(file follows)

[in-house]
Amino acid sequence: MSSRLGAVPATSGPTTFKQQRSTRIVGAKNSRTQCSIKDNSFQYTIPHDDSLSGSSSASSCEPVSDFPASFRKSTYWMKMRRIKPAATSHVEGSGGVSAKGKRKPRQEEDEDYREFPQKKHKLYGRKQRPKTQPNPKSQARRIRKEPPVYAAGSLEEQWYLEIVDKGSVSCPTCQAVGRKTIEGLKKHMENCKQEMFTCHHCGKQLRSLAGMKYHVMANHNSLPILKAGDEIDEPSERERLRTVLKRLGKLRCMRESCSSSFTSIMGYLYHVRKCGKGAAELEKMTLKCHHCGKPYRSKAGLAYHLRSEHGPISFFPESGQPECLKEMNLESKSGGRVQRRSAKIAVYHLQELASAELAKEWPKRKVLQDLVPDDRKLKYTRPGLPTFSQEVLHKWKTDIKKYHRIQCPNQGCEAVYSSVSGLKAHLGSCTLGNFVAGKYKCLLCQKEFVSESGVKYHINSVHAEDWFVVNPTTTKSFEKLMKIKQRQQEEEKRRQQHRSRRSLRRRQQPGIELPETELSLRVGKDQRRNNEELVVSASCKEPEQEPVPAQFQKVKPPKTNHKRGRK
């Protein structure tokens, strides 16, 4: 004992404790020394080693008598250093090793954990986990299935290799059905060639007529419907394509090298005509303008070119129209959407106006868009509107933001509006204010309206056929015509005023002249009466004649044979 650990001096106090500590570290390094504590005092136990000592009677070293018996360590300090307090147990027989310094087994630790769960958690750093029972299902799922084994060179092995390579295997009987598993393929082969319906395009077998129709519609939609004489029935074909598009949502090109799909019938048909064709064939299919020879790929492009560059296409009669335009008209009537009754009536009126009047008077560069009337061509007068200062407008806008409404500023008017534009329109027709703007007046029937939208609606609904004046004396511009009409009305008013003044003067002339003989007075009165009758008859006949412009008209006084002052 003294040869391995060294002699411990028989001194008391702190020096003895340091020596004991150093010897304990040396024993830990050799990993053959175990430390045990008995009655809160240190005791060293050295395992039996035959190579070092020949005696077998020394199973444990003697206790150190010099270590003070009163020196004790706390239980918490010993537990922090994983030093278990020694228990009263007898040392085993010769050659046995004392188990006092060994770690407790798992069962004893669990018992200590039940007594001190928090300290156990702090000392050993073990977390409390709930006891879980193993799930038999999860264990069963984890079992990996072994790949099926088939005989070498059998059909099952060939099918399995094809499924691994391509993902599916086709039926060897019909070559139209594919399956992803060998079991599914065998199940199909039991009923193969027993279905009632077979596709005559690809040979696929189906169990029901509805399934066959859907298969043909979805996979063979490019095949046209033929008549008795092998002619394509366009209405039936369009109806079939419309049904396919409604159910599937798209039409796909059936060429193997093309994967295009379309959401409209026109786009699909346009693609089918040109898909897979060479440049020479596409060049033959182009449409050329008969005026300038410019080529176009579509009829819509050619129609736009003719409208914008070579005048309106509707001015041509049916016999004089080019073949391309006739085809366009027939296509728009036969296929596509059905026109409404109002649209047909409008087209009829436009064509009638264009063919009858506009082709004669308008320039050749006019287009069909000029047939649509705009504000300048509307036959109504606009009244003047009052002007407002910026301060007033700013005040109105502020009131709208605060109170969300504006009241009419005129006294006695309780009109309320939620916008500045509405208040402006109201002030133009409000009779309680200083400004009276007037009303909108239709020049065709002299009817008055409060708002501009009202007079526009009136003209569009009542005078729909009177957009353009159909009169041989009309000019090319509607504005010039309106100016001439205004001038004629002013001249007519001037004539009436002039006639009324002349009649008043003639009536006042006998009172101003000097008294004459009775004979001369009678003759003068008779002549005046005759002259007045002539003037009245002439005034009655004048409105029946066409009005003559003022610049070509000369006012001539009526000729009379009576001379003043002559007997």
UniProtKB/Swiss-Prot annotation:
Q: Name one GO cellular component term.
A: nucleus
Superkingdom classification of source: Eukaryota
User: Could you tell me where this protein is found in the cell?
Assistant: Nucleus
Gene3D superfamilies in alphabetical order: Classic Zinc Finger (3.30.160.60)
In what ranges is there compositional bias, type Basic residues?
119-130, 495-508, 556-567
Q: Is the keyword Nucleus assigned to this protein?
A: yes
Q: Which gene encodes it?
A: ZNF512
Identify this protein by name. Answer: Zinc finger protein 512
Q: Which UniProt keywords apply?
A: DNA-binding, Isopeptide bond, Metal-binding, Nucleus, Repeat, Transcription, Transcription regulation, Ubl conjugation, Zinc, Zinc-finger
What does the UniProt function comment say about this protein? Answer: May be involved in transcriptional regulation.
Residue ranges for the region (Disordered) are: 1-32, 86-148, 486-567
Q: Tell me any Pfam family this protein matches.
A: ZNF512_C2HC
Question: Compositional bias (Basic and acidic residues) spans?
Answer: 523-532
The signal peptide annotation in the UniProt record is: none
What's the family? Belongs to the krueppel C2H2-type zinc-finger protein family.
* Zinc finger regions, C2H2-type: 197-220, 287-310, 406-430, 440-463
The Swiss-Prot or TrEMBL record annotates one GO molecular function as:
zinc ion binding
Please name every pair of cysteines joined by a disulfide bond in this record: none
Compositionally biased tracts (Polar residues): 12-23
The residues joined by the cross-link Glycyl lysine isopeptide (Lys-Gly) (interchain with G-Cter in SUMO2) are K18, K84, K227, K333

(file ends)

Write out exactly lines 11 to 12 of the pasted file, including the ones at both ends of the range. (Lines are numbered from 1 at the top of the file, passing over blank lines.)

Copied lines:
In what ranges is there compositional bias, type Basic residues?
119-130, 495-508, 556-567